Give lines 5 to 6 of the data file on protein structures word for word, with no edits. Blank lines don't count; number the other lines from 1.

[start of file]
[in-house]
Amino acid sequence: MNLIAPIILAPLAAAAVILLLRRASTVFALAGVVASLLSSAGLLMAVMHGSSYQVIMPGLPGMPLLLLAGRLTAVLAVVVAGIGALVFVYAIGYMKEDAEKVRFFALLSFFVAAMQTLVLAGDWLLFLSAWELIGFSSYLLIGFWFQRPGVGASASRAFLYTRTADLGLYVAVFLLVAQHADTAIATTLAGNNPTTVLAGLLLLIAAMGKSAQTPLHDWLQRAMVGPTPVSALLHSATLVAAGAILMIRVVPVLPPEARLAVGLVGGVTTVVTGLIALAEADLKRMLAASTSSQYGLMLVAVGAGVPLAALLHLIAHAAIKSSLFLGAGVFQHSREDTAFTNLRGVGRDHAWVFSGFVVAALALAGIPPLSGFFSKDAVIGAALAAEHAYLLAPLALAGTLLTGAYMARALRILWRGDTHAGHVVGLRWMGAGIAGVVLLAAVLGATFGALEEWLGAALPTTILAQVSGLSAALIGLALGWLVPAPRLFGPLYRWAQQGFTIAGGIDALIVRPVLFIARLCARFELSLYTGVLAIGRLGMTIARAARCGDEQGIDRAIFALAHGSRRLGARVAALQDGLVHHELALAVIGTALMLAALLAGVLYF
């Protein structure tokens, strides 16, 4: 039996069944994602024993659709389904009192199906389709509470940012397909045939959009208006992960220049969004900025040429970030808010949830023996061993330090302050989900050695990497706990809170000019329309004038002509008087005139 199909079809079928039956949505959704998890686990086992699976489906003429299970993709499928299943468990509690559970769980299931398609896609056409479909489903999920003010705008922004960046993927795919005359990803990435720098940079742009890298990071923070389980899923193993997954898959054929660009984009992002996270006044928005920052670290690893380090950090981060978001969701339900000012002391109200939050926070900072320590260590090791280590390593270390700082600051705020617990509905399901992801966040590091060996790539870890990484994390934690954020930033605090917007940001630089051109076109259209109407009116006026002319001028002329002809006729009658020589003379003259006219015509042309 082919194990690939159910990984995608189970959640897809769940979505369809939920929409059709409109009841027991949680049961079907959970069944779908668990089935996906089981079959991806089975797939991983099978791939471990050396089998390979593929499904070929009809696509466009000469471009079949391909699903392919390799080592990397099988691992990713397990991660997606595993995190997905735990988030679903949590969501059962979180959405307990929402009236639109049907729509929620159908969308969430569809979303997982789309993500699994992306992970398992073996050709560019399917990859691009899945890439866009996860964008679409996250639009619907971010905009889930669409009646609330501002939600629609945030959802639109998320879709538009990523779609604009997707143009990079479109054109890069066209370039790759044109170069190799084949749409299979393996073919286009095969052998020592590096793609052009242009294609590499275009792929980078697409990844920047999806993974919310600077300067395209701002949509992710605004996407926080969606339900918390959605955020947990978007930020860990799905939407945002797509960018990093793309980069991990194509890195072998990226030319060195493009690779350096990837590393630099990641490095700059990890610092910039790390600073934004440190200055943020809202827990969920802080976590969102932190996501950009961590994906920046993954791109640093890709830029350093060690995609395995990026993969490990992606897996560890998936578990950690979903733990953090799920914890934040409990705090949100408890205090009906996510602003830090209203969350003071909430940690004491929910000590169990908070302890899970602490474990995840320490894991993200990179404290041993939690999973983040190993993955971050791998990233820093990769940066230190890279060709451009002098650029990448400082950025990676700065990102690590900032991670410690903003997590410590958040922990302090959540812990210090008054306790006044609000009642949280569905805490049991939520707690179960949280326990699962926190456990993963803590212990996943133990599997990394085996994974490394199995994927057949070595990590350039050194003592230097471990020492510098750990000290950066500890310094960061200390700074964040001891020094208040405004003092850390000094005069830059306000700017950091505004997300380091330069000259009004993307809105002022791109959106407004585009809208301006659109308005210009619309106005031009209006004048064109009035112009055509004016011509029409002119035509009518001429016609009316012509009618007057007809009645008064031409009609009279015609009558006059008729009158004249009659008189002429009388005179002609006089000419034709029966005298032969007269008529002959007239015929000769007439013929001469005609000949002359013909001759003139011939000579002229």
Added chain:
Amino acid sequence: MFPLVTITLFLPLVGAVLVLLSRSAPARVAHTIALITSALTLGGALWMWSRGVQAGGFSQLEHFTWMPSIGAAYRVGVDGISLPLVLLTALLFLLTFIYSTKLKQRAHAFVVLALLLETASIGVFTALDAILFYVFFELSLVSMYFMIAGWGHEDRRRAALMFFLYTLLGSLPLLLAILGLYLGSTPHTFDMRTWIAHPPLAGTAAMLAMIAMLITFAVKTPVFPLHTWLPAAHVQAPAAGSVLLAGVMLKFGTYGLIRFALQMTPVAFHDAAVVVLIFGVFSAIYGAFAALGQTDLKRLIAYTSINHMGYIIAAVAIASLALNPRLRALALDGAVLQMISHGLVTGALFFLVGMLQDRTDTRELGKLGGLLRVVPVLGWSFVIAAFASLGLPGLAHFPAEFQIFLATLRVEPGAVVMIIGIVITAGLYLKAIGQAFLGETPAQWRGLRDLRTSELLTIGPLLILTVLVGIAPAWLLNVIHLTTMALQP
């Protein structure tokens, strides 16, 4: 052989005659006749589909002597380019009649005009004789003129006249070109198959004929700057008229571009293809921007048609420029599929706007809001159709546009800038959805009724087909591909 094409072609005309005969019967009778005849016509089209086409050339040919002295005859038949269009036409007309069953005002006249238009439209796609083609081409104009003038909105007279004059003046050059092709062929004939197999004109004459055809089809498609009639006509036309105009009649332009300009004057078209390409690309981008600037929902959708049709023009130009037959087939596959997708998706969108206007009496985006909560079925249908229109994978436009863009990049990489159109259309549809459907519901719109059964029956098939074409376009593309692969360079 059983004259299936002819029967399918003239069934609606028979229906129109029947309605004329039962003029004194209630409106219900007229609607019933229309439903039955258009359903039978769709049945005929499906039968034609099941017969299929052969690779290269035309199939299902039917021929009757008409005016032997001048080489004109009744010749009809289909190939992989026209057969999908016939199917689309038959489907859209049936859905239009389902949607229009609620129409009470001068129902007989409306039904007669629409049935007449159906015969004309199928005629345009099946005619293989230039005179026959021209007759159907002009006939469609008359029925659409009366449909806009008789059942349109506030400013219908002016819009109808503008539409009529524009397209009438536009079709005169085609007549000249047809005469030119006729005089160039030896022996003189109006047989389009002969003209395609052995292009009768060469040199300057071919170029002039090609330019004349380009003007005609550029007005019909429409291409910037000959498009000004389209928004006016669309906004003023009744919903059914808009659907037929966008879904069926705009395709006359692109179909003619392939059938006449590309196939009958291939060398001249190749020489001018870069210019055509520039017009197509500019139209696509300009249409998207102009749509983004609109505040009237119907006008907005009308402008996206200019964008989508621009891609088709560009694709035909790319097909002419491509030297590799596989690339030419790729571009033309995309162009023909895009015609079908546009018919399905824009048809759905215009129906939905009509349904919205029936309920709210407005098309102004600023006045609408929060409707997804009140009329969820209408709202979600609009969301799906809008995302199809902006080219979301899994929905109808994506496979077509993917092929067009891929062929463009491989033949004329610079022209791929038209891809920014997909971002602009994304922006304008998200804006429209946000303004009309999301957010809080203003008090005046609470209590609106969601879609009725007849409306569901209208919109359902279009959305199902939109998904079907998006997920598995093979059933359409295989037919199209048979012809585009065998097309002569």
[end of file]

Amino acid sequence: MFPLVTITLFLPLVGAVLVLLSRSAPARVAHTIALITSALTLGGALWMWSRGVQAGGFSQLEHFTWMPSIGAAYRVGVDGISLPLVLLTALLFLLTFIYSTKLKQRAHAFVVLALLLETASIGVFTALDAILFYVFFELSLVSMYFMIAGWGHEDRRRAALMFFLYTLLGSLPLLLAILGLYLGSTPHTFDMRTWIAHPPLAGTAAMLAMIAMLITFAVKTPVFPLHTWLPAAHVQAPAAGSVLLAGVMLKFGTYGLIRFALQMTPVAFHDAAVVVLIFGVFSAIYGAFAALGQTDLKRLIAYTSINHMGYIIAAVAIASLALNPRLRALALDGAVLQMISHGLVTGALFFLVGMLQDRTDTRELGKLGGLLRVVPVLGWSFVIAAFASLGLPGLAHFPAEFQIFLATLRVEPGAVVMIIGIVITAGLYLKAIGQAFLGETPAQWRGLRDLRTSELLTIGPLLILTVLVGIAPAWLLNVIHLTTMALQP
């Protein structure tokens, strides 16, 4: 052989005659006749589909002597380019009649005009004789003129006249070109198959004929700057008229571009293809921007048609420029599929706007809001159709546009800038959805009724087909591909 094409072609005309005969019967009778005849016509089209086409050339040919002295005859038949269009036409007309069953005002006249238009439209796609083609081409104009003038909105007279004059003046050059092709062929004939197999004109004459055809089809498609009639006509036309105009009649332009300009004057078209390409690309981008600037929902959708049709023009130009037959087939596959997708998706969108206007009496985006909560079925249908229109994978436009863009990049990489159109259309549809459907519901719109059964029956098939074409376009593309692969360079 059983004259299936002819029967399918003239069934609606028979229906129109029947309605004329039962003029004194209630409106219900007229609607019933229309439903039955258009359903039978769709049945005929499906039968034609099941017969299929052969690779290269035309199939299902039917021929009757008409005016032997001048080489004109009744010749009809289909190939992989026209057969999908016939199917689309038959489907859209049936859905239009389902949607229009609620129409009470001068129902007989409306039904007669629409049935007449159906015969004309199928005629345009099946005619293989230039005179026959021209007759159907002009006939469609008359029925659409009366449909806009008789059942349109506030400013219908002016819009109808503008539409009529524009397209009438536009079709005169085609007549000249047809005469030119006729005089160039030896022996003189109006047989389009002969003209395609052995292009009768060469040199300057071919170029002039090609330019004349380009003007005609550029007005019909429409291409910037000959498009000004389209928004006016669309906004003023009744919903059914808009659907037929966008879904069926705009395709006359692109179909003619392939059938006449590309196939009958291939060398001249190749020489001018870069210019055509520039017009197509500019139209696509300009249409998207102009749509983004609109505040009237119907006008907005009308402008996206200019964008989508621009891609088709560009694709035909790319097909002419491509030297590799596989690339030419790729571009033309995309162009023909895009015609079908546009018919399905824009048809759905215009129906939905009509349904919205029936309920709210407005098309102004600023006045609408929060409707997804009140009329969820209408709202979600609009969301799906809008995302199809902006080219979301899994929905109808994506496979077509993917092929067009891929062929463009491989033949004329610079022209791929038209891809920014997909971002602009994304922006304008998200804006429209946000303004009309999301957010809080203003008090005046609470209590609106969601879609009725007849409306569901209208919109359902279009959305199902939109998904079907998006997920598995093979059933359409295989037919199209048979012809585009065998097309002569």